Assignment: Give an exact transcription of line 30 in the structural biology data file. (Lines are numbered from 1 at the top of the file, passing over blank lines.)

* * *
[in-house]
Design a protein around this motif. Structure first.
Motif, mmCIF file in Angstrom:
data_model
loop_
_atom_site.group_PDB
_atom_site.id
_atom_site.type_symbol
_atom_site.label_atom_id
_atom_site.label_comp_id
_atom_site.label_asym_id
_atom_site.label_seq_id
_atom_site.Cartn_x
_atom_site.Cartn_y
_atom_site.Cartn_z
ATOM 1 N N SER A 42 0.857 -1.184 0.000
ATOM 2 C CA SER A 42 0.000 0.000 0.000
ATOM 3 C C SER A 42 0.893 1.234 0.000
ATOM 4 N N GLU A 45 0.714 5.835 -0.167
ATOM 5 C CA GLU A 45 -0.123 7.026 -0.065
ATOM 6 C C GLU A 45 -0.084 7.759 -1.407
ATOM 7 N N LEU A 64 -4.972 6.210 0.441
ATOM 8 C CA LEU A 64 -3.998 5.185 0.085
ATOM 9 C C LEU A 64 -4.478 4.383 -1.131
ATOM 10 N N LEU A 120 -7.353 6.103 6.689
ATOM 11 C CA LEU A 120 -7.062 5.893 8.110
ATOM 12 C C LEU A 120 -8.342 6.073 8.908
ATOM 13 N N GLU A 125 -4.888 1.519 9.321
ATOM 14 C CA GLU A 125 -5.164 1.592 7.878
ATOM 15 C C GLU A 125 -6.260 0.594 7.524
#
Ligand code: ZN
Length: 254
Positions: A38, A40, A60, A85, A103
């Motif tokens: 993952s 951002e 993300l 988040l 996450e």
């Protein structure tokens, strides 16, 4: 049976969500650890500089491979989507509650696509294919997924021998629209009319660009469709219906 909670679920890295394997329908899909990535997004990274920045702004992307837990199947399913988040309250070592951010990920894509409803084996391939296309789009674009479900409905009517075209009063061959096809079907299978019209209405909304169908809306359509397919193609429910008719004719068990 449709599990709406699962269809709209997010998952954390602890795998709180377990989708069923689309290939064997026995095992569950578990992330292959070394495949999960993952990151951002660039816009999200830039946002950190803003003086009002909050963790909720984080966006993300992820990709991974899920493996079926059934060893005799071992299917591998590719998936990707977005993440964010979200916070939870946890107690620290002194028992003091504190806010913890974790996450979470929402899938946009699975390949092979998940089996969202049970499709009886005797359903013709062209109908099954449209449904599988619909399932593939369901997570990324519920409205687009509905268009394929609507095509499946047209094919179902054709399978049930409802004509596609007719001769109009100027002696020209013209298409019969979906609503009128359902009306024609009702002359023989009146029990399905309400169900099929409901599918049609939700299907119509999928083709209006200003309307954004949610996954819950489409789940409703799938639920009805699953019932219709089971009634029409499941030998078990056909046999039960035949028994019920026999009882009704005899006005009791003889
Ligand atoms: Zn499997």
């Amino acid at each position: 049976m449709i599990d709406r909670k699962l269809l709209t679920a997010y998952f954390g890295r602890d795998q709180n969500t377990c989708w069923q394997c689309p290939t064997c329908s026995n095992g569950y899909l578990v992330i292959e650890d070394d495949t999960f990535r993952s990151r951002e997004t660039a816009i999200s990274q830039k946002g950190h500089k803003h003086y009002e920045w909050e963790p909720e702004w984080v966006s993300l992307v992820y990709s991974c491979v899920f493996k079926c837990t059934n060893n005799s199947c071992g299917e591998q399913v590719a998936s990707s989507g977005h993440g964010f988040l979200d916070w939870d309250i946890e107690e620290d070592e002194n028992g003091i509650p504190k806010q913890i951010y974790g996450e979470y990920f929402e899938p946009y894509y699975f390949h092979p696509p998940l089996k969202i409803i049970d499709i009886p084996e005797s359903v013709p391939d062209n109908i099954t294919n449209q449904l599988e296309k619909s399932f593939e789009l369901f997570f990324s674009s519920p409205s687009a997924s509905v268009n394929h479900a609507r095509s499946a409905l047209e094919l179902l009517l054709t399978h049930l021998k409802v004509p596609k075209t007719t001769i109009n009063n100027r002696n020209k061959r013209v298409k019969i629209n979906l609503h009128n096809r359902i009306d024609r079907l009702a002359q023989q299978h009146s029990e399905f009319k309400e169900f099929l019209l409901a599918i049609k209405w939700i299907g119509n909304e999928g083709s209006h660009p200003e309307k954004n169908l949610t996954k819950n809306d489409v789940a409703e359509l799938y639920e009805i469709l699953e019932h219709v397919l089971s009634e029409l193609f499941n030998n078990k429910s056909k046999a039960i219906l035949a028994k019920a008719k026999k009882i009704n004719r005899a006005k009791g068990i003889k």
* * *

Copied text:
ATOM 15 C C GLU A 125 -6.260 0.594 7.524